Designing a STEM Innovation Center for Mound Fort Junior High School

Article By Mike Posthumus and Charlie Gaidica

Rob Stettler is the type of teacher any parent would want for their child. He has big ideas about what students can do and pushes every learner to reach the goals they set.

Until recently, there was just one huge problem: Rob’s classroom space wasn’t equipped to help his aspiring engineers, computer scientists, biologists, and doctors practice the skills they needed to succeed in STEM disciplines after leaving Mound Fort Junior High School.

His “cells-and-bells” learning environment just wasn’t cutting it. Something needed to change.

The Background

The Ogden School District in Ogden, Utah, is a socially and economically diverse community of learners situated in an urban landscape that provides proximity to educational, industrial, and business leaders.

With these conditions in place, the district recently adopted a district-wide effort aimed at meaningful and relevant individualized learning. The district recognized that regional industry and business partnerships could play an important role in strengthening connections between the concepts students were learning and their application beyond the school walls.

However, the district was handcuffed by the constraints of traditional cell-block classrooms and needed a fresh vision for merging individualized learning with innovative spaces.

The Solution

Embracing that learning environments must support the experiences a school offers its students, the district pledged to build a STEM Innovation Center at Mound Fort.

The district’s commitment to individualized, project-based learning and community engagement and improvement directly aligned with Fielding International’s approach to learning environment design, leading to a natural partnership.

Local architects Design West rounded out the collaborative team with ways to transform Mound Fort Junior High’s STEM education efforts.

The Process

As Fielding International’s integrated team of architects and educators led workshops and visioning sessions about Ogden’s students’ futures and the future of learning, it quickly became clear that Mound Fort could serve as a model of reinvented learning for the entire district.

This belief became a driving force for the final design of the Innovation Center.  A framework of big ideas could even act as design principles for the types of spaces the district was looking to create for its students, both now and in the future.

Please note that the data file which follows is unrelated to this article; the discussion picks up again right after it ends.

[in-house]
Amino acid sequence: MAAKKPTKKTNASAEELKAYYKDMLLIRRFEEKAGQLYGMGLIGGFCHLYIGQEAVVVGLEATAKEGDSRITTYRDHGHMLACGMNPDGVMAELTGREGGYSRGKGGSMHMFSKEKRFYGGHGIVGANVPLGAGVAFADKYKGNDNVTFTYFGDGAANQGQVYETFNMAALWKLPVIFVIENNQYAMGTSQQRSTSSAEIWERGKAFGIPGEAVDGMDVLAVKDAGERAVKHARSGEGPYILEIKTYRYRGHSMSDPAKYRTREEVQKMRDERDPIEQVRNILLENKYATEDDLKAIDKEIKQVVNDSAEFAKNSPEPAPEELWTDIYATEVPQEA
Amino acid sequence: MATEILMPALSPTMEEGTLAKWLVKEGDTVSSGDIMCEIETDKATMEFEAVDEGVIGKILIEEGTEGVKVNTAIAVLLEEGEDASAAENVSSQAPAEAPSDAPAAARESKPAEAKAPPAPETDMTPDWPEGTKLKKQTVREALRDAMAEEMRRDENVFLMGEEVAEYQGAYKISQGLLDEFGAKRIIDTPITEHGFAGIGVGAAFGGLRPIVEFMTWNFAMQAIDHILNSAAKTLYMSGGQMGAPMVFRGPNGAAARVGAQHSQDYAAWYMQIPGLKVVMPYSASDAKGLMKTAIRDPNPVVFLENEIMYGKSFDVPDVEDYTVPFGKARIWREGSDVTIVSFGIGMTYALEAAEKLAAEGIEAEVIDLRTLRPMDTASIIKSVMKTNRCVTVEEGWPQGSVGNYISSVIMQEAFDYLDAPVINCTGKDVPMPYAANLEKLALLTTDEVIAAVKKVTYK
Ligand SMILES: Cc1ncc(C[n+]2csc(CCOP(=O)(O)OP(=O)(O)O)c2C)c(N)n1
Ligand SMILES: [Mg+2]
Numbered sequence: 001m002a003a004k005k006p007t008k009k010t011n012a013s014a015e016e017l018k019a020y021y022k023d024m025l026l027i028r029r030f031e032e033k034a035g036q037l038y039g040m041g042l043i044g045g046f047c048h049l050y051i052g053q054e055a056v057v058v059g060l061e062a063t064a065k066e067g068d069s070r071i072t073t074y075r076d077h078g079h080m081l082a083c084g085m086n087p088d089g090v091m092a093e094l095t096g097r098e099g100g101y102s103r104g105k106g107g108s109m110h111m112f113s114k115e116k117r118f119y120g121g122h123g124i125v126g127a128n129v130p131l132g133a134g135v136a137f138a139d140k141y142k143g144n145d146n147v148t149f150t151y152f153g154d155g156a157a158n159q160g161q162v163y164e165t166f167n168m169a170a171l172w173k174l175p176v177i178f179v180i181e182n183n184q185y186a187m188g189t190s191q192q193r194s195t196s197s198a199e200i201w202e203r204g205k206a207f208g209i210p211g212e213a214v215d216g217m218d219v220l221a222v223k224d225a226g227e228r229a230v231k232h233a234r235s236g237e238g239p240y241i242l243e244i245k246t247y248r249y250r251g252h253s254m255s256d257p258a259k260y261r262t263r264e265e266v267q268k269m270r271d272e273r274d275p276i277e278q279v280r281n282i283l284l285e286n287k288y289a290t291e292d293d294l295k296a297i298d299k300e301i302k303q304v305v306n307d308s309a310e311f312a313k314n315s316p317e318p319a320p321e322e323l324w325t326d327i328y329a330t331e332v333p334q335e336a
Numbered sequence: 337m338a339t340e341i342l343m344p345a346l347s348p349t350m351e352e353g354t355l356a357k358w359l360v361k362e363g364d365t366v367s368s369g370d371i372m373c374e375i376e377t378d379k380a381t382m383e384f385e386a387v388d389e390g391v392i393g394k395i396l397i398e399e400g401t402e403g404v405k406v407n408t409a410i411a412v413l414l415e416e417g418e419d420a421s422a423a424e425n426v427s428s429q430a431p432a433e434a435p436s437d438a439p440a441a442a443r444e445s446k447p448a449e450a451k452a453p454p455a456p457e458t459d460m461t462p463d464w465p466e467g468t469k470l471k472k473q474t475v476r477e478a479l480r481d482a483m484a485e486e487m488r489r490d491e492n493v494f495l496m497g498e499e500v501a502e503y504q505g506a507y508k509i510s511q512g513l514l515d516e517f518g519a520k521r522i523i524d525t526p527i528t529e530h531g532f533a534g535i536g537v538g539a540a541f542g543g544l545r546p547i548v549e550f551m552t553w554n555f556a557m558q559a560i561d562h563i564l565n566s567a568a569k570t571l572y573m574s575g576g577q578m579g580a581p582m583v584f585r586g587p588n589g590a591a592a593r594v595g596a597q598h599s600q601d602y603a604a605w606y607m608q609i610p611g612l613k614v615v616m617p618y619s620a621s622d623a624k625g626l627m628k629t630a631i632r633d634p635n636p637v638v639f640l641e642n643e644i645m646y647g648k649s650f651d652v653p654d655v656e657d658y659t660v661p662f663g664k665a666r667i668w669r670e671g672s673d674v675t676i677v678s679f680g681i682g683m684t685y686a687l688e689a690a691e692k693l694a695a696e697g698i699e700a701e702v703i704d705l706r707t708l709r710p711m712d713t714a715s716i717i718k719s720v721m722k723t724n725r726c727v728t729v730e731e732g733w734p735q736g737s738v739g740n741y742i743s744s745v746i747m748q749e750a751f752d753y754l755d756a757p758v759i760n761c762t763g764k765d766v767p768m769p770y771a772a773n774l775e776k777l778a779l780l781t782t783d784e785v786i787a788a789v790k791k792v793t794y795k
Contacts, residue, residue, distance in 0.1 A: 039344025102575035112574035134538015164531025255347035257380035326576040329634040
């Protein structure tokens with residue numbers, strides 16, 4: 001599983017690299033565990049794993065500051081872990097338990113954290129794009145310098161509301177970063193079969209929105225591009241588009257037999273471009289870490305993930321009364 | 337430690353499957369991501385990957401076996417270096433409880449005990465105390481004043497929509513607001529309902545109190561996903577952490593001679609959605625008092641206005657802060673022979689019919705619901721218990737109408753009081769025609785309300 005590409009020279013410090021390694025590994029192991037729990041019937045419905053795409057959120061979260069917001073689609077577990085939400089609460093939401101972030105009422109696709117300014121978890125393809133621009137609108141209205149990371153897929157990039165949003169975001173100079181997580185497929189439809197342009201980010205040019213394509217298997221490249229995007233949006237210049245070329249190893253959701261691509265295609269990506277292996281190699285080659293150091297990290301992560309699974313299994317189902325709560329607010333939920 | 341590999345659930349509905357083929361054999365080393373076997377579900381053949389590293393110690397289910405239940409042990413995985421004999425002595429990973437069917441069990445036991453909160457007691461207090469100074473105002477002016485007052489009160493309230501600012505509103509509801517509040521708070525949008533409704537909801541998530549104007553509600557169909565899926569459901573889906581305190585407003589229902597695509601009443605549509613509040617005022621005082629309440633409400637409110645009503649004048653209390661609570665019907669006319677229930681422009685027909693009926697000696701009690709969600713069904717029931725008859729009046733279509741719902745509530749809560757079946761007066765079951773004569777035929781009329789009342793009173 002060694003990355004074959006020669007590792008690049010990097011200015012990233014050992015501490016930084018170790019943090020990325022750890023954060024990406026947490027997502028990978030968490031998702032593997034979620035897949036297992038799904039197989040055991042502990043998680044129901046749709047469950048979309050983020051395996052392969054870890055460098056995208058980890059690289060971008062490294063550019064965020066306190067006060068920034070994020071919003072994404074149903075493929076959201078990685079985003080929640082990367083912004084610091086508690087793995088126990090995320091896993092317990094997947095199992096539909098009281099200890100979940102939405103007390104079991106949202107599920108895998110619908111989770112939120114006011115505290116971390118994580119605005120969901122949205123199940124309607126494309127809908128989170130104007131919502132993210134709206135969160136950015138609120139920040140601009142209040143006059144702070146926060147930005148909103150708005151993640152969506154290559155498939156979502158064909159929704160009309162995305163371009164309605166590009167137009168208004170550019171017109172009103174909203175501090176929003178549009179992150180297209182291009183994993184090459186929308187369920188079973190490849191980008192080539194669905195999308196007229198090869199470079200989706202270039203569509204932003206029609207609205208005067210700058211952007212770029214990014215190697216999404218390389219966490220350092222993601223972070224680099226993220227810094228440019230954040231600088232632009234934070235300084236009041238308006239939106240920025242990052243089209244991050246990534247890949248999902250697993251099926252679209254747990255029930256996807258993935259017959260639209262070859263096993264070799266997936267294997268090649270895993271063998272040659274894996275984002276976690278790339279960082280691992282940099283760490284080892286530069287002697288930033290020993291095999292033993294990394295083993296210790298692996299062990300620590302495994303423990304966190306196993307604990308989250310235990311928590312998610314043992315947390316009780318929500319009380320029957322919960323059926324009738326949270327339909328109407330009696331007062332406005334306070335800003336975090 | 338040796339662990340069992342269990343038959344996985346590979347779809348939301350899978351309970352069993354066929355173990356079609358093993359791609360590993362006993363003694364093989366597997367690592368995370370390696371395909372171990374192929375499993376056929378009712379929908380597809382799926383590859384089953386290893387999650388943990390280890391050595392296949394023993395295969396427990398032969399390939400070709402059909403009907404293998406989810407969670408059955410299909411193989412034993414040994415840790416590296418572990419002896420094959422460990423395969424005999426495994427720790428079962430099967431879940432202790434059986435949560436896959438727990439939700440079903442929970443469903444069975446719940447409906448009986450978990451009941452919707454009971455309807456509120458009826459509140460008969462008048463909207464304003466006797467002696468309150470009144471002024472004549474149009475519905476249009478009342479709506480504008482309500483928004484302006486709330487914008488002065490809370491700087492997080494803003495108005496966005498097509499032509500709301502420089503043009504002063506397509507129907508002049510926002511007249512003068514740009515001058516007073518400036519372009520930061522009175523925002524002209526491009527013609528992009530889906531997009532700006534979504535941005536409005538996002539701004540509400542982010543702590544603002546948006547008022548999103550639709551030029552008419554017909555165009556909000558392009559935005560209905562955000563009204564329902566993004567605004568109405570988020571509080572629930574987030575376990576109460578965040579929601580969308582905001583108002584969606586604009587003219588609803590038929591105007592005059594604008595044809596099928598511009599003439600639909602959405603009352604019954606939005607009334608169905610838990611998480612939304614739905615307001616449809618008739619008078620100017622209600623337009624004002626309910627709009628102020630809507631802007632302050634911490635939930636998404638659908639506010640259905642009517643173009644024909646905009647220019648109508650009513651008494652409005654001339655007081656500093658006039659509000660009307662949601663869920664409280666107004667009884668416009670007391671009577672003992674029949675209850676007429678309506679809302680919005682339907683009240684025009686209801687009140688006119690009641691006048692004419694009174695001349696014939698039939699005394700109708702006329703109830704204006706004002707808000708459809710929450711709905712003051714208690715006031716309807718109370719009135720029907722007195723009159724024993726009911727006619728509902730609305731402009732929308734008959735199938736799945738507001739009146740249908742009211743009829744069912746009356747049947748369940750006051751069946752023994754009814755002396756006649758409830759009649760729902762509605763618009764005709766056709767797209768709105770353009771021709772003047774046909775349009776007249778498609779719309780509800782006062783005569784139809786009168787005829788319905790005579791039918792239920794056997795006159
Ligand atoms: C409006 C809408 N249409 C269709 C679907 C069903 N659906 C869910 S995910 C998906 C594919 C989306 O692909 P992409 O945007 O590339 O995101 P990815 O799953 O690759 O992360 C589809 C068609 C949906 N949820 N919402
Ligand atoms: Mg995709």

A team of school leaders, architects, educators, and community members began to explore the question, “How can we make the building itself a tool for learning in unique and meaningful ways?”

From that collaborative process, the goal of the project became to create spaces that naturally reinforce project-based learning, allow students to practice 21st-century skills, and strengthen the capacities and habits of mind that offer students an advantage far beyond junior high school.

The Innovation Center was designed as a tool to help model active, collaborative, and inventive teaching and learning for every inhabitant:

        • The extensive, open project commons allows classes to spread out, gather to share their work, or display formal exhibitions.
        • Large spaces between this commons area and the lab areas encourage self-directed inquiry or station-based instruction.
        • Ample transparency allows teams of teachers to supervise their students as they move through the center.
        • A centrally-located makerspace is equipped with tools and resources for rapid prototyping and iterative design.
        • The spaces are further supported by an enclosed 3D-printing hub and a “dusty” workshop to tackle the truly big ideas that students develop.
        • Finally, the innovation center is anchored by a teacher collaboration room, where STEM educators can convene and collaborate.

The Conclusion

The successful partnership between the Ogden School District, Fielding International, Design West, educators, learners, and the community proves that no problem is too big when it comes to providing learning environments that inspire, educate, and allow teachers, like Rob Stettler, to bring big ideas for teaching and learning to life.

A Look at Our Process

A team of school leaders, architects, educators, and community members began to explore the question, “How can we make the building itself a tool for learning in unique and meaningful ways?” From that collaborative process, the goal of the project became to create spaces that naturally reinforce project-based learning, allow students to practice 21st-century skills, and strengthen the capacities and habits of mind that offer students an advantage far beyond junior high school.